In the short story, “Everyday Use” by Alice Walker, we are introduced to two distinctly different views of the African-American culture. The story depicts the 1960ish life of Mama and her two daughters, Maggie and Dee. As we are introduced to this family, it is apparent immediately that Mama and Dee see their heritage as African-American women in two starkly differing ways. It is also apparent that neither Mama nor Dee appreciates the views or the societal stations of the other. Contrasting one against the other, we come to a very real conclusion; at the heart of their disdain for one another, is pride. In Mama, we experience the pride of self-sufficiency, of survival, ...view middle of the document...
She has a deep love and appreciation for her yard, the peaceful, extended living room she and her guests enjoy on a breezy afternoon. She continues to use the handmade necessities made for her by family members during times when purchasing such items was out of the question. She cherishes the memories of the family sitting on the front porch quilting and using the old clothing of loved ones as the cloth.
Her life is hers and she breathes in the satisfaction of a good days work as she changes into her flannels for bed.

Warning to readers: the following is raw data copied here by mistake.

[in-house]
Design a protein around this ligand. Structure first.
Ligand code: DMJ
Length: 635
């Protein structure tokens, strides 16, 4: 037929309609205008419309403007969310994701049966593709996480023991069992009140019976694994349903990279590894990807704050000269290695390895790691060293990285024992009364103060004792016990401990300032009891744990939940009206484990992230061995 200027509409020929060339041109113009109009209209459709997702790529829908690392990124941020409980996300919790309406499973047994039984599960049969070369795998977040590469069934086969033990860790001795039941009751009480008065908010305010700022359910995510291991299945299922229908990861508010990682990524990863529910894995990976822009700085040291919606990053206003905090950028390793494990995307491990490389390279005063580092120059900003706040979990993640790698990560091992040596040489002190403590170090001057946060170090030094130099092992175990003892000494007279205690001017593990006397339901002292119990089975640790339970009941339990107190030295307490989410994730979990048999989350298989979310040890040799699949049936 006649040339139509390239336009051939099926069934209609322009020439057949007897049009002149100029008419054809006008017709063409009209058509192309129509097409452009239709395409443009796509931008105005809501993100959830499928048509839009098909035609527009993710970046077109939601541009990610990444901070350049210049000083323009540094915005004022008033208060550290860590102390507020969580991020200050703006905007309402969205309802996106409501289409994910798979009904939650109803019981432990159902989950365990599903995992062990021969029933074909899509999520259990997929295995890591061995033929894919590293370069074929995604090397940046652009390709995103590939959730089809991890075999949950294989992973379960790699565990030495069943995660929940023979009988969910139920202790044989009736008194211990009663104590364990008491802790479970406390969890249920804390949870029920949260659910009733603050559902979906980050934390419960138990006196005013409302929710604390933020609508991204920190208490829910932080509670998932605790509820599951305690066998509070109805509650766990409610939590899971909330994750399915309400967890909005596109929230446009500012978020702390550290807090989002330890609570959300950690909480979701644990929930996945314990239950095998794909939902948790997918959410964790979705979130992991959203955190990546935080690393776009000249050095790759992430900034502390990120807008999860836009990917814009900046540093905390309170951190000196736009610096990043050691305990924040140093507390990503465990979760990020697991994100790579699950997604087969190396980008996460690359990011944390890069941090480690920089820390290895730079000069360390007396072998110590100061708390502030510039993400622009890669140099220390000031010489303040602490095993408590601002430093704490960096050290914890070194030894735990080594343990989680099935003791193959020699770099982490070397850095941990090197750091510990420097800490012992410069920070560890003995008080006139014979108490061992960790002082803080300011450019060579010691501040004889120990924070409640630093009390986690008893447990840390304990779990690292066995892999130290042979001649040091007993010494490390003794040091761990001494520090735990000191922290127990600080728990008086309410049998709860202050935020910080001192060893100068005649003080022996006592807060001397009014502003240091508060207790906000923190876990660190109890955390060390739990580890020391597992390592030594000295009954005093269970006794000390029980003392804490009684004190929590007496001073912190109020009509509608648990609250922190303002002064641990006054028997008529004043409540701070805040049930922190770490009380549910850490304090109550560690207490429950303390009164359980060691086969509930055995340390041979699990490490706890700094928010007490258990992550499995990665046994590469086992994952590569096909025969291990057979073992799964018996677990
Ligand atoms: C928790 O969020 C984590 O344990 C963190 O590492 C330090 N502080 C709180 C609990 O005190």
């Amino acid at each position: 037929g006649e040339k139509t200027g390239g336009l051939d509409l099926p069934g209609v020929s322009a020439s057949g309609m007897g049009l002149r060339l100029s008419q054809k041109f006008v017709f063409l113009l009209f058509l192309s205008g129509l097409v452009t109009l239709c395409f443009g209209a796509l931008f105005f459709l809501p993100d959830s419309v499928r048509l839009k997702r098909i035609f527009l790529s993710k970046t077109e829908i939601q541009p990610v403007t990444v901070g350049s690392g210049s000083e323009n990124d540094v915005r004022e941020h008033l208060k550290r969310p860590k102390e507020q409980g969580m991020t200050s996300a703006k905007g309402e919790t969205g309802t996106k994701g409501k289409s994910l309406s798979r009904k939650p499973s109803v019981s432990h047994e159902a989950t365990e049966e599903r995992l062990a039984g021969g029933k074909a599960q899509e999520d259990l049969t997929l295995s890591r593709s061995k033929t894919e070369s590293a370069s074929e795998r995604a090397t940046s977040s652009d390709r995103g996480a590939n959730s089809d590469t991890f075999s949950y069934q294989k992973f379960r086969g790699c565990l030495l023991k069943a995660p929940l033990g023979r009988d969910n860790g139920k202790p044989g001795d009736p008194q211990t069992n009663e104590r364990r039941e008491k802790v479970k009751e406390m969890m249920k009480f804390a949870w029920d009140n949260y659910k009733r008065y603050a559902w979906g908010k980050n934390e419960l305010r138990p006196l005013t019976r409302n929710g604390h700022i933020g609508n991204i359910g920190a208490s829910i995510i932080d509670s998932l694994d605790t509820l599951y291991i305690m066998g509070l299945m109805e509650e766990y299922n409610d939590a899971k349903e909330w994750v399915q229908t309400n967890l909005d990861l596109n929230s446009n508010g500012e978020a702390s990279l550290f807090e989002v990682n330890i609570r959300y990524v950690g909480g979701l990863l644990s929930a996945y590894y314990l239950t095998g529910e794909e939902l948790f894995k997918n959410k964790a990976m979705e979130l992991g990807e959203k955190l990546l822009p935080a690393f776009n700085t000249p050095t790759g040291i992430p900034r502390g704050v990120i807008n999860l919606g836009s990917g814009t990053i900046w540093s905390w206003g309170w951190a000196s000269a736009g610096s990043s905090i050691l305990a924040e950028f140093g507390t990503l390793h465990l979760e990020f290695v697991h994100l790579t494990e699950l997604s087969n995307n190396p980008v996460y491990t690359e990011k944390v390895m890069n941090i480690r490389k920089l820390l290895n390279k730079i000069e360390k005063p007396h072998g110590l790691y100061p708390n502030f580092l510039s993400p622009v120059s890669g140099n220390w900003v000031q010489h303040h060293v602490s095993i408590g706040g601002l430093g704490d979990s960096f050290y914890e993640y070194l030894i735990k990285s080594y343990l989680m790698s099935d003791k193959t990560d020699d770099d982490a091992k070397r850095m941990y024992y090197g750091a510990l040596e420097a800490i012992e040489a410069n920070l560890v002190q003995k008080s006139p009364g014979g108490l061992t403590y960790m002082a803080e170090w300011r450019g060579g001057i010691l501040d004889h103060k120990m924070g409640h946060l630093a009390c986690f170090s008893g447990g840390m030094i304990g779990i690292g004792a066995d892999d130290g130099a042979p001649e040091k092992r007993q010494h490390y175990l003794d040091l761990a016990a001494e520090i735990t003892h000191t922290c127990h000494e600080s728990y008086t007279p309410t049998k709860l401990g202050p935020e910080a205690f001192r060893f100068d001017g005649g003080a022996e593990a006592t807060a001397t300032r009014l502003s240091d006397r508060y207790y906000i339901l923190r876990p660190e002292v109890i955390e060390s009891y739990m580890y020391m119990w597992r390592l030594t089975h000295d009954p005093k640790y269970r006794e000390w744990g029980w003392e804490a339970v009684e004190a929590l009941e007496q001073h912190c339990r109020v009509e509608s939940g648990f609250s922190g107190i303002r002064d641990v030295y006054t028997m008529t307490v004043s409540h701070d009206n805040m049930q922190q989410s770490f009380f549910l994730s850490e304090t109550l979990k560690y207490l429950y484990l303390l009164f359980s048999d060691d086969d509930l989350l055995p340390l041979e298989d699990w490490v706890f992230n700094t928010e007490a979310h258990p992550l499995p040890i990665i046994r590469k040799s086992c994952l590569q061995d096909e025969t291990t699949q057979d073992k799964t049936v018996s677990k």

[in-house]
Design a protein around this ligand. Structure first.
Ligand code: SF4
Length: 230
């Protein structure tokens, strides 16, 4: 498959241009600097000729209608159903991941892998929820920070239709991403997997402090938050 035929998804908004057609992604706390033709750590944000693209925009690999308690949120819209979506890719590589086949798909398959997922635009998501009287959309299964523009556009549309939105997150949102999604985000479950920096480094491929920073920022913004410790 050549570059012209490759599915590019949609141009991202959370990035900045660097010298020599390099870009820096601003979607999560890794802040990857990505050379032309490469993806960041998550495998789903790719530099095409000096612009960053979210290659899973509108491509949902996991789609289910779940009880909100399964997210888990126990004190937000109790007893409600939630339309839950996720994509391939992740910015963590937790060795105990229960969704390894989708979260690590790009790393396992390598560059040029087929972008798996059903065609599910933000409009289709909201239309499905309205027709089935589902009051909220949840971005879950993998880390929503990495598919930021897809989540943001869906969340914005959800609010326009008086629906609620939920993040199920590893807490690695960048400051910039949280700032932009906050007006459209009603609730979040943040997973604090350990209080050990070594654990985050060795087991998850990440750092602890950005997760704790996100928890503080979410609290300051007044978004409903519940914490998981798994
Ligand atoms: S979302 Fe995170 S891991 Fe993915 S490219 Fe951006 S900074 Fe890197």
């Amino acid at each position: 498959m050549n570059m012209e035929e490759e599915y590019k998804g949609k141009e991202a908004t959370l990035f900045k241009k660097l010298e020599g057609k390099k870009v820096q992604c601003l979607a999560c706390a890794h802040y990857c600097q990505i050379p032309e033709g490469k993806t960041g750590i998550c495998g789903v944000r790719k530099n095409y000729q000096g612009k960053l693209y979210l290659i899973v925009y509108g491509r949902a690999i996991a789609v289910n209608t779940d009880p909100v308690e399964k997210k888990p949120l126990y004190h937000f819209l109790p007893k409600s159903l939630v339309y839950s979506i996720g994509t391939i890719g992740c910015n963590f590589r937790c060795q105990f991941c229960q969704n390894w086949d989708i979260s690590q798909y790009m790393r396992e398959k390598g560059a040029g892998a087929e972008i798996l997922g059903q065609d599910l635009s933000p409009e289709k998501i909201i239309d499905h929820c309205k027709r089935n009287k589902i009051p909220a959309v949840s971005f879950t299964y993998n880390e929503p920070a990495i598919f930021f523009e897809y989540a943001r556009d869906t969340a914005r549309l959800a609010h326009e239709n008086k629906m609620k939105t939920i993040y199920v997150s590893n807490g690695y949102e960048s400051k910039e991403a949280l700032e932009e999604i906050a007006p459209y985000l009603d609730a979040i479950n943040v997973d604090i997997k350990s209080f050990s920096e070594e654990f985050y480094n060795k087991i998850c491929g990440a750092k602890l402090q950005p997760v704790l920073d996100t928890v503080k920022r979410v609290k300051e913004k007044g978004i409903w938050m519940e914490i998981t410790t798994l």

The picture painted of Dee by Mama is one of selfishness and snobbery. We are told that from a young age, Dee despised her meager home and uneducated family.
Mama recollects Dee reading to the family. Not for personal pleasure or for the family’s enjoyment, but to keep them “…trapped and ignorant underneath her voice.” (Walker 1127) She read to them using a yardstick, measuring herself far above that of her illiterate audience.
Embarrassed by her upbringing, Dee desired finery: dresses, jewelry, and shoes. She wanted boys to desire her and girls to envy her. She wanted a different life, and quite possibly a different family.
All grown up now, Dee visits the house she swore she would never bring friends to. However, she has brought a friend, a gentleman friend. They step out of the car adorned in 60’s pseudo-ethnic garb with camera in hand to chronicle Dee’s “heritage”. She has cast off the life of her oppressors and has taken a new name, “Wangero”. She has also cast off her Christian upbringing and has taken up with a Muslim man.